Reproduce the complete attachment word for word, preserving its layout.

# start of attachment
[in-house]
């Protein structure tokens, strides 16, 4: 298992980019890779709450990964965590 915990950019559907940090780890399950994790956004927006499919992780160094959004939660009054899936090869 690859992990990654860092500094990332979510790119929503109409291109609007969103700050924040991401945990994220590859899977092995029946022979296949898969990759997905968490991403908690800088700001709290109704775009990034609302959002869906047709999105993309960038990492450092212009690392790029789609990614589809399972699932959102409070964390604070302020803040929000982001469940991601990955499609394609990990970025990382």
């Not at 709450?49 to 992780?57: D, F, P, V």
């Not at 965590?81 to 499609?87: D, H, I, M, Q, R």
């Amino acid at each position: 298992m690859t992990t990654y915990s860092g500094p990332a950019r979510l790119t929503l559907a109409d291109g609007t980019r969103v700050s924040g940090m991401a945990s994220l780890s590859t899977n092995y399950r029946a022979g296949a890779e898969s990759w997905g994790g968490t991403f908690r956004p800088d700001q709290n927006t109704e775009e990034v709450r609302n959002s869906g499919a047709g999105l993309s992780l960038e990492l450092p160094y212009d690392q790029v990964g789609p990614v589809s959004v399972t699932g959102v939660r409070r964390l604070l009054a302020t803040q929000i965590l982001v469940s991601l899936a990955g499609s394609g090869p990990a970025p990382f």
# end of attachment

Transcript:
[in-house]
């Protein structure tokens, strides 16, 4: 298992980019890779709450990964965590 915990950019559907940090780890399950994790956004927006499919992780160094959004939660009054899936090869 690859992990990654860092500094990332979510790119929503109409291109609007969103700050924040991401945990994220590859899977092995029946022979296949898969990759997905968490991403908690800088700001709290109704775009990034609302959002869906047709999105993309960038990492450092212009690392790029789609990614589809399972699932959102409070964390604070302020803040929000982001469940991601990955499609394609990990970025990382």
């Not at 709450?49 to 992780?57: D, F, P, V």
């Not at 965590?81 to 499609?87: D, H, I, M, Q, R």
């Amino acid at each position: 298992m690859t992990t990654y915990s860092g500094p990332a950019r979510l790119t929503l559907a109409d291109g609007t980019r969103v700050s924040g940090m991401a945990s994220l780890s590859t899977n092995y399950r029946a022979g296949a890779e898969s990759w997905g994790g968490t991403f908690r956004p800088d700001q709290n927006t109704e775009e990034v709450r609302n959002s869906g499919a047709g999105l993309s992780l960038e990492l450092p160094y212009d690392q790029v990964g789609p990614v589809s959004v399972t699932g959102v939660r409070r964390l604070l009054a302020t803040q929000i965590l982001v469940s991601l899936a990955g499609s394609g090869p990990a970025p990382f």